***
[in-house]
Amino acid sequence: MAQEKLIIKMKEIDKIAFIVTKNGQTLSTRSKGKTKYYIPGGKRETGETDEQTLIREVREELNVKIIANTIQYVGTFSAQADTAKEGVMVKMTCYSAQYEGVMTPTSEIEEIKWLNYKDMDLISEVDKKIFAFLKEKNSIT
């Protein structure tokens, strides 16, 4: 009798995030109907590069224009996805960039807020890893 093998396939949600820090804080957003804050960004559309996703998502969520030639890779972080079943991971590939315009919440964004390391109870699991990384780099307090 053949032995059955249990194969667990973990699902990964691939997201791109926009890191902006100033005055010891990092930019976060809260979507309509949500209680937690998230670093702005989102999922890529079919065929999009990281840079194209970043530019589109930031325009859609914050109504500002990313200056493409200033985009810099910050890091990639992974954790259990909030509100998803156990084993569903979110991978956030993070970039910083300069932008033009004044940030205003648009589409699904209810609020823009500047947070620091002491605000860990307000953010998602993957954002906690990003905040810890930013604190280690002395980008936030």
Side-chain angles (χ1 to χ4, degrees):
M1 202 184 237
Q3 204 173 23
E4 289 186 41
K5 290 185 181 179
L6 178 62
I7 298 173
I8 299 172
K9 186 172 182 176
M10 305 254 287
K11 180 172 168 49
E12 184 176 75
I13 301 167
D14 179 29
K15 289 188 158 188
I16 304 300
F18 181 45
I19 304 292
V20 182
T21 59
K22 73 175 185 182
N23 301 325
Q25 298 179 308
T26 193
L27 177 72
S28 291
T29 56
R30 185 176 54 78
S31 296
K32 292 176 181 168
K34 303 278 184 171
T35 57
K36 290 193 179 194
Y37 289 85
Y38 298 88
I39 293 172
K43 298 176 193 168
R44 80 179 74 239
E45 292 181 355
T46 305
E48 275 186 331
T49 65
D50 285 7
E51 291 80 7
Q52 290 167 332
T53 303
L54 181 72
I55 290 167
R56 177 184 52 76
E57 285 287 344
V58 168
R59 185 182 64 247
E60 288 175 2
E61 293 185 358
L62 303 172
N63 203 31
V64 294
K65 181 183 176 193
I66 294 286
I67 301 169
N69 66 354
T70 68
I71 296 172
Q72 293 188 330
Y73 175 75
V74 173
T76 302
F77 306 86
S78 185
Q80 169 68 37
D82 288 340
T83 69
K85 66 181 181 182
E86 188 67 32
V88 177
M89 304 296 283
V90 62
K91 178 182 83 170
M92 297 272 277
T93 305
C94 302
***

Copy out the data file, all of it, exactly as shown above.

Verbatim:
[in-house]
Amino acid sequence: MAQEKLIIKMKEIDKIAFIVTKNGQTLSTRSKGKTKYYIPGGKRETGETDEQTLIREVREELNVKIIANTIQYVGTFSAQADTAKEGVMVKMTCYSAQYEGVMTPTSEIEEIKWLNYKDMDLISEVDKKIFAFLKEKNSIT
């Protein structure tokens, strides 16, 4: 009798995030109907590069224009996805960039807020890893 093998396939949600820090804080957003804050960004559309996703998502969520030639890779972080079943991971590939315009919440964004390391109870699991990384780099307090 053949032995059955249990194969667990973990699902990964691939997201791109926009890191902006100033005055010891990092930019976060809260979507309509949500209680937690998230670093702005989102999922890529079919065929999009990281840079194209970043530019589109930031325009859609914050109504500002990313200056493409200033985009810099910050890091990639992974954790259990909030509100998803156990084993569903979110991978956030993070970039910083300069932008033009004044940030205003648009589409699904209810609020823009500047947070620091002491605000860990307000953010998602993957954002906690990003905040810890930013604190280690002395980008936030």
Side-chain angles (χ1 to χ4, degrees):
M1 202 184 237
Q3 204 173 23
E4 289 186 41
K5 290 185 181 179
L6 178 62
I7 298 173
I8 299 172
K9 186 172 182 176
M10 305 254 287
K11 180 172 168 49
E12 184 176 75
I13 301 167
D14 179 29
K15 289 188 158 188
I16 304 300
F18 181 45
I19 304 292
V20 182
T21 59
K22 73 175 185 182
N23 301 325
Q25 298 179 308
T26 193
L27 177 72
S28 291
T29 56
R30 185 176 54 78
S31 296
K32 292 176 181 168
K34 303 278 184 171
T35 57
K36 290 193 179 194
Y37 289 85
Y38 298 88
I39 293 172
K43 298 176 193 168
R44 80 179 74 239
E45 292 181 355
T46 305
E48 275 186 331
T49 65
D50 285 7
E51 291 80 7
Q52 290 167 332
T53 303
L54 181 72
I55 290 167
R56 177 184 52 76
E57 285 287 344
V58 168
R59 185 182 64 247
E60 288 175 2
E61 293 185 358
L62 303 172
N63 203 31
V64 294
K65 181 183 176 193
I66 294 286
I67 301 169
N69 66 354
T70 68
I71 296 172
Q72 293 188 330
Y73 175 75
V74 173
T76 302
F77 306 86
S78 185
Q80 169 68 37
D82 288 340
T83 69
K85 66 181 181 182
E86 188 67 32
V88 177
M89 304 296 283
V90 62
K91 178 182 83 170
M92 297 272 277
T93 305
C94 302